Factors regulating thymic dendritic cell homeostasis and function Public Deposited

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  • March 19, 2019
Creator
  • Spidale, Nicholas
    • Affiliation: School of Medicine, Department of Microbiology and Immunology
Abstract
  • The immune system must balance the generation of a diverse T cell repertoire responsive to various pathogens versus the prevention of tissue destruction by self-antigen-specific T cells. Thymic dendritic cells (DC) are known to eliminate self-antigen-specific thymocytes. Despite this, little is known about the factors regulating thymic DC homeostasis and antigen presentation, which were investigated in this study. In the first part of our study, it was hypothesized that factors within the thymus regulate thymic DC homeostasis. Specifically, the role of CD4<super>+</super> and CD8<super>+</super> single-positive thymocytes (SP) was investigated. In mice lacking SP, significantly fewer DC resided in the steady-state thymus, and those DC displayed a less mature phenotype (e.g. reduced expression of major histocompatibility [MHC] and T cell costimulatory molecules) and a markedly reduced T cell stimulatory capacity compared to wild-type thymic DC. When CD4<super>+</super>SP or CD8<super>+</super>SP were individually restored, thymic DC activation status was only recovered under conditions where antigen-specific interactions with SP occurred. During antigen-specific interactions, the restoration of thymic DC activation status depended on CD40 ligand from CD4<super>+</super>SP but not CD8<super>+</super>SP. Thus, thymic DC homeostasis is regulated by antigen-specific interactions with CD4+SP or CD8+SP by distinct molecular mechanisms. To promote thymic tolerance, thymic DC must acquire and present cognate antigens to thymocytes; for example, through "nibbling" of antigens from thymic epithelial cells (TEC). However, the mechanism by which this occurs is largely unknown. Using an in vitro co-culture system, thymic DC nibbling of MHC was investigated. Thymic DC efficiently nibbled MHC from TEC and DC, but not from B cells. It was hypothesized that the cell surface organization of MHC may regulate nibbling by thymic DC. Specifically, the role of lipid rafts was analyzed. Thymic DC acquired lipid rafts from TEC, DC, and B cells. Interestingly, when another B cell surface molecule, immunoglobulin M (IgM), was actively clustered to lipid rafts, nibbling of IgM occurred. These data suggest that cell surface organization of clustered molecules may facilitate acquisition by thymic DC via nibbling. Together, the studies presented herein provide novel insight into the factors regulating thymic DC function and T cell central tolerance.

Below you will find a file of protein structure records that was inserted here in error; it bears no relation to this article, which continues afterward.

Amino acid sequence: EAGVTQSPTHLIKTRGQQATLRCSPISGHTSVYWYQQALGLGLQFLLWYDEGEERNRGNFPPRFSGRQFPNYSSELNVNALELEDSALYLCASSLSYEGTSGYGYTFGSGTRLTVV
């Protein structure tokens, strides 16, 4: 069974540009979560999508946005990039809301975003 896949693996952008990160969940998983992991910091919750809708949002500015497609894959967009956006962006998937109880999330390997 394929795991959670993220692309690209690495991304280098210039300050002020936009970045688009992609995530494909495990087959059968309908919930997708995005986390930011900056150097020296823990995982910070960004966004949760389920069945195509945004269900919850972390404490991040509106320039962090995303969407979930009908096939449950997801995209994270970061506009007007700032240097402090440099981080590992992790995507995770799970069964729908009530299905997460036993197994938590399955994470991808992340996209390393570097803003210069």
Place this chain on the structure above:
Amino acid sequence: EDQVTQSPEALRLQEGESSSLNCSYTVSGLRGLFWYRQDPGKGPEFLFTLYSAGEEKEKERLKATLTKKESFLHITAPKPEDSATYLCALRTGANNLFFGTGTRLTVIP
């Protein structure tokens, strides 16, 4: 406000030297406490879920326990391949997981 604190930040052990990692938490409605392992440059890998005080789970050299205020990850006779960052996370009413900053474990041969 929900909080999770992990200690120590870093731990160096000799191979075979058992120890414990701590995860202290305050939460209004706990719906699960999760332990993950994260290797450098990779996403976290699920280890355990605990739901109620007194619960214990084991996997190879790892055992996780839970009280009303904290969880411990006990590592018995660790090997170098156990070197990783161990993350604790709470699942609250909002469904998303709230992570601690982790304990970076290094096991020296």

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  • In Copyright
Advisor
  • Tisch, Roland
  • Serody, Jonathan
  • Su, Maureen
  • Vilen, Barbara J.
  • Matsushima, Glenn
Degree
  • Doctor of Philosophy
Degree granting institution
  • University of North Carolina at Chapel Hill Graduate School
Graduation year
  • 2014
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  • Chapel Hill, NC
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  • This item is restricted from public view for 1 year after publication.
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